A house in Brooklyn, N.Y., shown in November 2017, is an example of holiday light displays that impact the natural gas market. (Source: Shutterstock)
Your neighbor’s over-the-top holiday light display does more than keep you awake and blind Russian spy satellites. It also influences the late-year electricity market and, by extension, the market for natural gas that fuels power generation facilities.
“In years past the industry estimated that we saw as much as a 10% increase in power demand near Christmas and the New Year from decorative lighting,” said EnVantage Inc. in a recent report. “As time passes, this impact is diminishing due to the adoption of LED decorative lighting. We are still in the replacement cycle of older incandescent lighting but the ultimate impact over time is that the ‘bump’ we see every December will take on a diminished role.”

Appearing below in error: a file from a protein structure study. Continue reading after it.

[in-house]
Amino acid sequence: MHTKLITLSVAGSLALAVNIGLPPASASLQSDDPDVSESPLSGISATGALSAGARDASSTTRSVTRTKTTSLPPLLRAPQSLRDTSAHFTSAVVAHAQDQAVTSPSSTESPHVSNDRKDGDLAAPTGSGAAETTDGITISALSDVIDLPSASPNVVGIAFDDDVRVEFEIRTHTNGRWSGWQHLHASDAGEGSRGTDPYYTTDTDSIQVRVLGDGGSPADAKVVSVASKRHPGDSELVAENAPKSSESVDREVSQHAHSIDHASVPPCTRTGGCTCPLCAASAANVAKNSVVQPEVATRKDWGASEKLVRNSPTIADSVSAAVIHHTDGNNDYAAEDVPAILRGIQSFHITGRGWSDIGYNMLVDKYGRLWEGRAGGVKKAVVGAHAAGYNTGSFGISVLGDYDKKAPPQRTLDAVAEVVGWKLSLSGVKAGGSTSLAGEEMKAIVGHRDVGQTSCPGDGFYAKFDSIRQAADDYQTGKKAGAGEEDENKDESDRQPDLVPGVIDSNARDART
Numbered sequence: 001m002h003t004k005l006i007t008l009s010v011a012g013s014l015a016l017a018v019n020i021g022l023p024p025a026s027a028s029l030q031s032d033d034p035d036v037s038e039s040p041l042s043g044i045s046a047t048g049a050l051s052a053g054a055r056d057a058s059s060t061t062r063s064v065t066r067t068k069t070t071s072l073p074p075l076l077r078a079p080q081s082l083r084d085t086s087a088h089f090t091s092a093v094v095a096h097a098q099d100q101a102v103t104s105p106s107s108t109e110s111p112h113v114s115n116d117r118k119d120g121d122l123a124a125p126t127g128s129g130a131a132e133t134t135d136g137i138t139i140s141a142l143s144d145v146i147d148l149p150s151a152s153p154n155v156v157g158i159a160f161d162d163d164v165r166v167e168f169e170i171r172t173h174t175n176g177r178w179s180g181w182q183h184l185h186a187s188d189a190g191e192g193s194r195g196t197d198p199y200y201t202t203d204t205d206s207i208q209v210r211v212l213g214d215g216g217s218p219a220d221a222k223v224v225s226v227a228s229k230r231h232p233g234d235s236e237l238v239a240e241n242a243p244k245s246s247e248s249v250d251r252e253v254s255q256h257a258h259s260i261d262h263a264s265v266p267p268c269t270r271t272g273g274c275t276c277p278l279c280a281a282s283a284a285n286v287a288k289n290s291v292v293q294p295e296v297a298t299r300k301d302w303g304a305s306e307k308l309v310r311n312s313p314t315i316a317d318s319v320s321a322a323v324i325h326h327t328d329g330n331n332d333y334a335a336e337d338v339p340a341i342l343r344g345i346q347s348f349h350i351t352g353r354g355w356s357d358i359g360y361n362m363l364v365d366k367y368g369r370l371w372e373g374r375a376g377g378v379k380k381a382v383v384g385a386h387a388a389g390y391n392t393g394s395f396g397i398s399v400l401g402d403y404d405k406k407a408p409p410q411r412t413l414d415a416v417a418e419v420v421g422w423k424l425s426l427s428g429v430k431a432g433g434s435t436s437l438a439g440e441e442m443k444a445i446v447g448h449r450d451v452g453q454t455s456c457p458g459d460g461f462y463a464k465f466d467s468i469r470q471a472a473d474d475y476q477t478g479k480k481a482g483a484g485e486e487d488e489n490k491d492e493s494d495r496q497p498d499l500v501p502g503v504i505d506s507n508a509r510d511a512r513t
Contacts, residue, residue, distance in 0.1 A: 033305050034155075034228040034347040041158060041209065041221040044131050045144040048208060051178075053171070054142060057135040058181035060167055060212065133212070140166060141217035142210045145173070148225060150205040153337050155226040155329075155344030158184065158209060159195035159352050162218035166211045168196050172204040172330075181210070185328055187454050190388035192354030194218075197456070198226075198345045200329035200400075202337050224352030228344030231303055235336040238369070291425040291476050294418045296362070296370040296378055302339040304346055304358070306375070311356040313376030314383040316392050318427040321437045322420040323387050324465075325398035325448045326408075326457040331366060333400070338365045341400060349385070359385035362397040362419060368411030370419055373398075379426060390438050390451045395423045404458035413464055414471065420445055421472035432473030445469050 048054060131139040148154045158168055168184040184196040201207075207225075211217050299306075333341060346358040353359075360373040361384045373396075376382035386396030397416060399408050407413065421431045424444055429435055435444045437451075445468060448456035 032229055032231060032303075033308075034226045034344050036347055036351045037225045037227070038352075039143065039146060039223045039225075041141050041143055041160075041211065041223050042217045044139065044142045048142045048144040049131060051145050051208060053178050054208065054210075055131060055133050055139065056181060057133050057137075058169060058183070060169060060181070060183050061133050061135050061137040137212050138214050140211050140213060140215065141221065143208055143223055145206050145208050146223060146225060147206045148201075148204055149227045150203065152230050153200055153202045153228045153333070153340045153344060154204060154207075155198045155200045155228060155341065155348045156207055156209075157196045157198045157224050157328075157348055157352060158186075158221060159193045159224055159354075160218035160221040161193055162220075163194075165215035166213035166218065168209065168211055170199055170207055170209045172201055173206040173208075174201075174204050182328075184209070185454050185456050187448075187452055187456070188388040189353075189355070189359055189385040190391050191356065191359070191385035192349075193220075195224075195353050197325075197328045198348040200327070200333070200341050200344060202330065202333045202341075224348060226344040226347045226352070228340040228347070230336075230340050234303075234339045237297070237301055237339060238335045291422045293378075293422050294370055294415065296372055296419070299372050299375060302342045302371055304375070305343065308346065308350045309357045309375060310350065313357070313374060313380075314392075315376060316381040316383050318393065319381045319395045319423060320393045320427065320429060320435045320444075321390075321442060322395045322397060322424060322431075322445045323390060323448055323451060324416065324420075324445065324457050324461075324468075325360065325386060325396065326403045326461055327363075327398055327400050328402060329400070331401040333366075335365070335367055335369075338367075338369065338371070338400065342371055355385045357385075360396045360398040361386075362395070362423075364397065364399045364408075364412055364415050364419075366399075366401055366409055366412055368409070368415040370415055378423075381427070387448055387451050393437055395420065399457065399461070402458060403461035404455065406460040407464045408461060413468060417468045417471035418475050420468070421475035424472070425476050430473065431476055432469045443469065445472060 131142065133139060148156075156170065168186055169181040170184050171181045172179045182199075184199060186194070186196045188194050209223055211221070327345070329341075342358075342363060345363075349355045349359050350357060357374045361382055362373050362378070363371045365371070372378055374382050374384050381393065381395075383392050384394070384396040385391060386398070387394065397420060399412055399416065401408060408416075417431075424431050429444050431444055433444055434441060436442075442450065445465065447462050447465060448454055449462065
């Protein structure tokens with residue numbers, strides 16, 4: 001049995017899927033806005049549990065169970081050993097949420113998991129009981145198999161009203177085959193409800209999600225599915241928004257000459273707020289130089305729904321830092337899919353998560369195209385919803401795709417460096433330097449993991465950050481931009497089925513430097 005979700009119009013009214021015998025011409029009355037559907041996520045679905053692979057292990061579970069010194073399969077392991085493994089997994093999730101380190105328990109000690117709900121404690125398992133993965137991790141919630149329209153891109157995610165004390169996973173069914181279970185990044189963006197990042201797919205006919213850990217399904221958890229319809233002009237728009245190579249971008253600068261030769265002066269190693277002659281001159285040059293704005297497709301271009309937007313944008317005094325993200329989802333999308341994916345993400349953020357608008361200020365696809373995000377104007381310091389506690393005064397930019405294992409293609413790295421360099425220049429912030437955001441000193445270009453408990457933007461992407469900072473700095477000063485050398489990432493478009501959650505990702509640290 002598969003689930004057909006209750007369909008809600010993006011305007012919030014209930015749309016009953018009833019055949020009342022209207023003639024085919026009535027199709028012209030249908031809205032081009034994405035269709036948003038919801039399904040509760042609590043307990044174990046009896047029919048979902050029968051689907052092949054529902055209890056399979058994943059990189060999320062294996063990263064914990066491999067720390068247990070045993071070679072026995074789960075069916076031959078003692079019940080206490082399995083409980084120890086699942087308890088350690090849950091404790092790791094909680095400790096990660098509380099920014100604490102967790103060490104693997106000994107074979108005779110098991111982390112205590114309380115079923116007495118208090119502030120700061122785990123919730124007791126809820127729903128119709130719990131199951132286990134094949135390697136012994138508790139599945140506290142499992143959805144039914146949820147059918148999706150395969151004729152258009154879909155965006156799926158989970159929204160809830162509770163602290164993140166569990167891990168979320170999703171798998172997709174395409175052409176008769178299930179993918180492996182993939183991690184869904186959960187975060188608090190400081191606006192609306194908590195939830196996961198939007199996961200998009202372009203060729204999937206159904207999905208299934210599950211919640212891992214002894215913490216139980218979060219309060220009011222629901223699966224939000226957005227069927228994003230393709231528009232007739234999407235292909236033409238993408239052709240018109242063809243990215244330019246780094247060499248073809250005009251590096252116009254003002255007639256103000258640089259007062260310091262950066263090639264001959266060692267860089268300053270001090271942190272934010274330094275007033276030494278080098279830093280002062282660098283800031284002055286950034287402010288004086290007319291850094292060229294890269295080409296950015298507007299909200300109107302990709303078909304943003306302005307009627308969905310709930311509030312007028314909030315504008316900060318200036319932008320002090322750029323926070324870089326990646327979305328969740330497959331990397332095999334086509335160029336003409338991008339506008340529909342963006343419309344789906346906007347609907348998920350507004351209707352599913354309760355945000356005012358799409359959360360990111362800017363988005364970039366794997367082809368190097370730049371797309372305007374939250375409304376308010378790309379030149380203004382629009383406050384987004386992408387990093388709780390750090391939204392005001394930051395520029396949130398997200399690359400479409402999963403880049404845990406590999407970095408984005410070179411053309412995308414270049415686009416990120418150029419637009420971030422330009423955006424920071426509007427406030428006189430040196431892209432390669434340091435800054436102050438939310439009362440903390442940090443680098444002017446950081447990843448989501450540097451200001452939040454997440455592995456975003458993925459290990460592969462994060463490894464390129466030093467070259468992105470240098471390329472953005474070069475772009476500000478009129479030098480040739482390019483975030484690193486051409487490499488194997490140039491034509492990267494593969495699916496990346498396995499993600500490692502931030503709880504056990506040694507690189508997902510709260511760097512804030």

The analysts admit that it is difficult to gauge how illuminating armies of Frosty the Snowman affects natural gas supply and demand. Natural gas prices have been volatile, though EnVantage sees strength in the fundamentals.